Take it outside
– Meet in unexpected places
Ways to combat stress, such as playing golf before a conference call or taking a break on the beach during inventory, are essential
In a Nutshell
It is common practice in businesses to examine the need for meetings. Aside from analyzing the usefulness of meetings, thought should also be given to the logistical and administrative aspects of meetings. At the outset, it sounds irrelevant to business thinking. But, we forget those meeting participants, are after all, human. We are sensitive to the dynamics of space and their impact on the type of work we want to accomplish. Yes, offices are a place where work gets done, but it is also a constant source of distraction and interruptions.
Meetings also hardly take place in isolation from other factors. Sometimes, work pressure exists for certain employees; or, the entire business may be undergoing a tough time when synergies are not all that well aligned. It may seem like a logical solution to organize meetings at work to help leaders align and solve problems when fights and arguments over resources break out. Yet, it’s not.
Putting opposing individuals in a closed room can backfire as it creates a pressure cooker of negativity, stirring up trouble at a time when emotions are running high. Furthermore, there are certain associations with workspaces that relate to power and hierarchy, and they can be counterproductive during times of disagreement or high emotions. In such situations, it becomes a necessity to step-out from such an environment in order to have a very transparent, open dialogue that solves real problems.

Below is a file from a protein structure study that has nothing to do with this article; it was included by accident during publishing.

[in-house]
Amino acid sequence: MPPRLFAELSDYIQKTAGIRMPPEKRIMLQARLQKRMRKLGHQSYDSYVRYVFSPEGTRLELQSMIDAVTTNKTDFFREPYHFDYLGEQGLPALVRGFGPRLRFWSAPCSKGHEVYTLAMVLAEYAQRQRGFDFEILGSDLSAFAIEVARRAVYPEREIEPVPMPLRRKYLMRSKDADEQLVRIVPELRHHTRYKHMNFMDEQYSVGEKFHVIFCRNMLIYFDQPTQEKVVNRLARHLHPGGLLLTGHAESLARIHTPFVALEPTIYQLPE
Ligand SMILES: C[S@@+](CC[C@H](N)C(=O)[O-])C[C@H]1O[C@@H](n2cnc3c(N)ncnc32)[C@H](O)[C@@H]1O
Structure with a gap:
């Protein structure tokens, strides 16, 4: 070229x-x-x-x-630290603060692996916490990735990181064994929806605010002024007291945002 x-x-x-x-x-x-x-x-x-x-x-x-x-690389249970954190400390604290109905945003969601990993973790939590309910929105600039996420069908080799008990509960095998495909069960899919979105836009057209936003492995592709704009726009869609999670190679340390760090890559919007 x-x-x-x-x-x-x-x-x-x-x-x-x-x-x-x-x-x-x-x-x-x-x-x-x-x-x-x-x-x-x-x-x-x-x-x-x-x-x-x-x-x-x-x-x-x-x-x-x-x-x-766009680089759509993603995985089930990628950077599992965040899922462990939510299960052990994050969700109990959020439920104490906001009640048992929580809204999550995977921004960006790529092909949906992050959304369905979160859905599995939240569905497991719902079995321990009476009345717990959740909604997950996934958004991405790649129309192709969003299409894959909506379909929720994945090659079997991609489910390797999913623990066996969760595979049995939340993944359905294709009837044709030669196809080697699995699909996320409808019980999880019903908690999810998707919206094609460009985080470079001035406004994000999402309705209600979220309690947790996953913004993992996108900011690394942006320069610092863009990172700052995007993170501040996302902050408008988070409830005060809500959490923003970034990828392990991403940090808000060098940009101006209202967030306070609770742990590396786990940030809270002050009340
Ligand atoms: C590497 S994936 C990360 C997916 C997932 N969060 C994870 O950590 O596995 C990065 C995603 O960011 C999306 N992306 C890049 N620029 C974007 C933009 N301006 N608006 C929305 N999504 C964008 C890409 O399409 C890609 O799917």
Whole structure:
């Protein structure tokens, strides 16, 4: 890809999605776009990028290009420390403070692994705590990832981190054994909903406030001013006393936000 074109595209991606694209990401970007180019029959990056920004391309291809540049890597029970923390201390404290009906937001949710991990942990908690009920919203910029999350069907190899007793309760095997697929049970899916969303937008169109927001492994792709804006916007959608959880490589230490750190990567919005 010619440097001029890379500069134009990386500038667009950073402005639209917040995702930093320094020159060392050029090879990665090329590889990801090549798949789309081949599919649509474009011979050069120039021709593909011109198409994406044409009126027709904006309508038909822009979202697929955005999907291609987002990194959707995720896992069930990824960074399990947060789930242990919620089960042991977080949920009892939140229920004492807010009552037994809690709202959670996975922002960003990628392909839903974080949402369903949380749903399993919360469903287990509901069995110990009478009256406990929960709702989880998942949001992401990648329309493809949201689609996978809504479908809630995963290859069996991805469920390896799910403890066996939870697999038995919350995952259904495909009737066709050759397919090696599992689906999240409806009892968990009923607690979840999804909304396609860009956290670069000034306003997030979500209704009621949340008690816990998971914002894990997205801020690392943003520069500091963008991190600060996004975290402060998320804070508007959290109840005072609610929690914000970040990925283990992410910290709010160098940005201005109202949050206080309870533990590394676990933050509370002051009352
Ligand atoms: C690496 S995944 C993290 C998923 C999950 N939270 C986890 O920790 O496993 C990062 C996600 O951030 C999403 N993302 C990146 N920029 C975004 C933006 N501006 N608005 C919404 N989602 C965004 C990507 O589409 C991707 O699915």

This was a common practice at Semco, whenever they needed to have hard conversations. The typical reaction was to say, “Let’s go somewhere outside the office, where we can focus a 100% and be open to listening to the other person.” The outside venue could be a restaurant, a park or the beach – any place that was outside the regular work environment. Taking the meeting elsewhere ensures there will be no one passing by, asking questions or checking up about the status of another task or email. For a really productive meeting, consider switching off devices, like phones and emails, that take away the focus from finding a solution to the problem at hand.